decided that Ungit wants a sacrifice. Only the most beautiful and pure
of heart will qualify. Orual is disqualified because she is considered
too ugly. In fact, her father thinks her so ugly that she takes to
wearing a veil across her face for the rest of her life.
Psyche on the other hand, is very beautiful. Not only
is she lovely to look at, but she is kind and compassionate as well.
She willingly goes as a sacrifice out of a sincere desire to help the
people of her country.
For many days after Psyche is left alone on a
mountain, Orual is sick and bedridden. When she is able to get up, she
rushes to the mountainside where Psyche was left. When she arrives, she
is surprised and delighted to discover that Psyche is alive and well,
living on the mountain.
When Orual questions Psyche about how she is able to
survive by herself on a desolate mountain, Psyche informs her that she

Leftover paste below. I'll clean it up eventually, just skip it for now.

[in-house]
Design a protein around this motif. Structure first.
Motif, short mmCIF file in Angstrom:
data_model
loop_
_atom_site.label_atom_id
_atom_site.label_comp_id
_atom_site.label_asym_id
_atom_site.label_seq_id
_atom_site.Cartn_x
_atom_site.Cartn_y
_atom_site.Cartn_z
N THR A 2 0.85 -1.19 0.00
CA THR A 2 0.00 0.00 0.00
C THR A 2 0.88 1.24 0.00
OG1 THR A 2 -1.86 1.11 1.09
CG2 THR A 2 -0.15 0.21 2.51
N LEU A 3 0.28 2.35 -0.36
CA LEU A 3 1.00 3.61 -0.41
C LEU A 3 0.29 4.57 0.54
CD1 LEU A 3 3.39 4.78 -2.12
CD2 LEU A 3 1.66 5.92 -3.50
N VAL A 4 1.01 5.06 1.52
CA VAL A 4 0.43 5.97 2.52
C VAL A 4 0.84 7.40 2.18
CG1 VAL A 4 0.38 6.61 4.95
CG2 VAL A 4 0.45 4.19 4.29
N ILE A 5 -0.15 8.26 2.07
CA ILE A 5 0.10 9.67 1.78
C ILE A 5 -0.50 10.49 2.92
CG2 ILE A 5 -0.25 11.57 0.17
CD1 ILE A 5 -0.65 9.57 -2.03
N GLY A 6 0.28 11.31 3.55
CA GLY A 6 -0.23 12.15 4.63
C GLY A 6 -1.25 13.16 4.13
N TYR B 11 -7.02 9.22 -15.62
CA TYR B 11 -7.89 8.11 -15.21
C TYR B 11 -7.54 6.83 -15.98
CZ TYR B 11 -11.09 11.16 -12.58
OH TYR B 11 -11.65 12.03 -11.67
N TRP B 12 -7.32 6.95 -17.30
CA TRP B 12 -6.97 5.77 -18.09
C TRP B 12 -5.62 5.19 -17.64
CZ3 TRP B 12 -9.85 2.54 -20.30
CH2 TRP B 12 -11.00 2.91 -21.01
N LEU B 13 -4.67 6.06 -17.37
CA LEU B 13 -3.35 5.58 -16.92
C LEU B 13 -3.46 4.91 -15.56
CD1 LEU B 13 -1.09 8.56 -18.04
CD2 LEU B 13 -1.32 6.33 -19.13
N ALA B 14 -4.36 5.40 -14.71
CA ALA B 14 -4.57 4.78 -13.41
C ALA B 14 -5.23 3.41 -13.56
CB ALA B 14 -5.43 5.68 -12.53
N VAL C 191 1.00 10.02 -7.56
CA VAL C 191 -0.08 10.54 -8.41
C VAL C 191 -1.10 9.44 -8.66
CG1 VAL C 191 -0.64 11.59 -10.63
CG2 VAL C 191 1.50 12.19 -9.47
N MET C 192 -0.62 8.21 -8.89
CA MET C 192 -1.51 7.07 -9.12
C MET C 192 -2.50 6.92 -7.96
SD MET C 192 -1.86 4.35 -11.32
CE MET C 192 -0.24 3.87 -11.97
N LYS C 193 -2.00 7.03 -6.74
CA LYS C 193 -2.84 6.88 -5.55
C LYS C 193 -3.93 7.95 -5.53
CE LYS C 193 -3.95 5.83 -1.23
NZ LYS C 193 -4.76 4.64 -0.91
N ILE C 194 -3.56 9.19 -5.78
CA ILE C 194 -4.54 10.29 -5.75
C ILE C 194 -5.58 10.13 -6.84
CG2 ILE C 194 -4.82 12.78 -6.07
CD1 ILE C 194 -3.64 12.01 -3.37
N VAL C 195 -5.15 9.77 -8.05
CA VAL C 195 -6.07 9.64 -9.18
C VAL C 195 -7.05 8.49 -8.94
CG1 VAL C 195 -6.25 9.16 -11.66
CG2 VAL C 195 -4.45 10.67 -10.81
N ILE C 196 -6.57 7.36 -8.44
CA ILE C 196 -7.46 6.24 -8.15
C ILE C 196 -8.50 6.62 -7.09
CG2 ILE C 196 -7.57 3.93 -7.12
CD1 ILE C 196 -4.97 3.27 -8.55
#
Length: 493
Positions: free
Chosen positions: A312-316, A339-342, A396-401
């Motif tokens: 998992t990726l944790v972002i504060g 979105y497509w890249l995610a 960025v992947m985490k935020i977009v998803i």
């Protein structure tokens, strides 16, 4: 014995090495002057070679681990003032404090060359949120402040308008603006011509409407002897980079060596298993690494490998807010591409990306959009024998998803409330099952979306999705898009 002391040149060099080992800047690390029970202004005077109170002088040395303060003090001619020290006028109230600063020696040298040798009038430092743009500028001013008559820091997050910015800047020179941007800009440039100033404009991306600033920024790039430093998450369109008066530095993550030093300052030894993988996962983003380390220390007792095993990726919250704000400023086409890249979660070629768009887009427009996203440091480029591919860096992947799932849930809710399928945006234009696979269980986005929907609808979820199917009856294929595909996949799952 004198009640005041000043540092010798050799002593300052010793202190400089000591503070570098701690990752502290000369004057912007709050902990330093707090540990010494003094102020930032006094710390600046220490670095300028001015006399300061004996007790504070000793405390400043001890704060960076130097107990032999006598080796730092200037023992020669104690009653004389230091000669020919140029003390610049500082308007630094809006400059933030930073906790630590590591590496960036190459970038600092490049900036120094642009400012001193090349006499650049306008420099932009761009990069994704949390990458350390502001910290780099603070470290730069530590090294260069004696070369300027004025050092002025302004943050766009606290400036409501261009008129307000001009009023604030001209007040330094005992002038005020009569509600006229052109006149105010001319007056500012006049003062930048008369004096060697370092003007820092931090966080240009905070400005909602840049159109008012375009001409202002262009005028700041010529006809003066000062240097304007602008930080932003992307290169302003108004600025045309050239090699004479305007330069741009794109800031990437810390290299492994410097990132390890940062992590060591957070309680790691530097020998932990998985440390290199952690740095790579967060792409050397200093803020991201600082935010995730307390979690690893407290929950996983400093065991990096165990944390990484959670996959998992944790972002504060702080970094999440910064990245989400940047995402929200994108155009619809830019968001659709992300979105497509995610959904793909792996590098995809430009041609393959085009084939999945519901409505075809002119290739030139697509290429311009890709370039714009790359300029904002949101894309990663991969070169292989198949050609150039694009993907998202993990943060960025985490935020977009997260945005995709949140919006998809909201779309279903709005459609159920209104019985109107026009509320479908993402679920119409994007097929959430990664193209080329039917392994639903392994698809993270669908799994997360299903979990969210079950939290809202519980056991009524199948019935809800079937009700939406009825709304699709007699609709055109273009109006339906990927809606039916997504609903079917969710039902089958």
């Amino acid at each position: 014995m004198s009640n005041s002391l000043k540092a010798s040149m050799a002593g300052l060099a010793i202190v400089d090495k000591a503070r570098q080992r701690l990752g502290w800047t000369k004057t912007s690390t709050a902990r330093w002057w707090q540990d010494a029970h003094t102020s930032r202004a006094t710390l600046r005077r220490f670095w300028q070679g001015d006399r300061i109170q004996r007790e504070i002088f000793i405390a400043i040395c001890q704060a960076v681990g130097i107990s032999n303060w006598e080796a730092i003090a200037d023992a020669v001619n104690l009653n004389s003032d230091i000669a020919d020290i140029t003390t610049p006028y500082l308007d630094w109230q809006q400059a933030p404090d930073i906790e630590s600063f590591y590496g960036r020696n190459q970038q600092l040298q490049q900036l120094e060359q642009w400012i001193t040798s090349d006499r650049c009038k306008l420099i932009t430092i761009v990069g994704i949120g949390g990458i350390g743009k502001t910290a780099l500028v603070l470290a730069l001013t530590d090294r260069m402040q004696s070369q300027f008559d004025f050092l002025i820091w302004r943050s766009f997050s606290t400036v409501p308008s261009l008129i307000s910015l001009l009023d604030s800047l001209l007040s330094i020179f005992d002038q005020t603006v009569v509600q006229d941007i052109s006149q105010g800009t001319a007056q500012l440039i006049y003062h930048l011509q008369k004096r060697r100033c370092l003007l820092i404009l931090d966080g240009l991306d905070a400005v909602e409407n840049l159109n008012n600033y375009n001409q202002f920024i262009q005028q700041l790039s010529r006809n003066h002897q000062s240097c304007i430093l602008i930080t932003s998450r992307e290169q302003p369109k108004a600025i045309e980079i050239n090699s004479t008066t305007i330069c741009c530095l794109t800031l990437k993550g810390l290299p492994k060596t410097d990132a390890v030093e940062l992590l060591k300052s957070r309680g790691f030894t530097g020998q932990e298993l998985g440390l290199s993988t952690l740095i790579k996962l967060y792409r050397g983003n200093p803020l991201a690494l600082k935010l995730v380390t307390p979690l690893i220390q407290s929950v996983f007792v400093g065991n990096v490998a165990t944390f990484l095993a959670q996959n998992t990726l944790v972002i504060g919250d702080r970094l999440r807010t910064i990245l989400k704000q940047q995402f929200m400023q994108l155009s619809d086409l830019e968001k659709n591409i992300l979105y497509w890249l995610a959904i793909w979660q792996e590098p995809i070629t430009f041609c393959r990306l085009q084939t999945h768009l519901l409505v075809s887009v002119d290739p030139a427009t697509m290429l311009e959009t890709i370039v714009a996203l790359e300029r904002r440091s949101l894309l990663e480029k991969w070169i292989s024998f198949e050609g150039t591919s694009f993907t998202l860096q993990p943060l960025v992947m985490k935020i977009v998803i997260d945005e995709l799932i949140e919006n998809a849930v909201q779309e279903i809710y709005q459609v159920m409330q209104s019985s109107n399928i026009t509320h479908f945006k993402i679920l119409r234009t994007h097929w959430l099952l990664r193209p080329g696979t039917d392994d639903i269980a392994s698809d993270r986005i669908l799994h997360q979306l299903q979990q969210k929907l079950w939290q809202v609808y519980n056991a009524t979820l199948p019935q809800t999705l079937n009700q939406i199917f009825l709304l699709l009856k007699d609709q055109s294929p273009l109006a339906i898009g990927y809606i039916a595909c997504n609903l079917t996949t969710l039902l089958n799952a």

is not alone. She is married to the God of the mountain. Orual demands
to see her palace. Psyche tells her they are standing in front of it.
Orual sees nothing but mountain and trees and decides that Psyche is
A hot debate ensues between Psyche and Orual ending
with Orual demanding to know what the God of the Mountain looks like.
Psyche admits that she is forbidden to look at him. Orual uses this
piece of information to wedge a chink of doubt into Psyche's heart.
Orual wants Psyche to return with her so they can
continue to live as sisters. She begs and cajoles Psyche proclaiming
her great love for her and that she is living a lie and a delusion.
There is no God of the mountain, and she is really living with a monster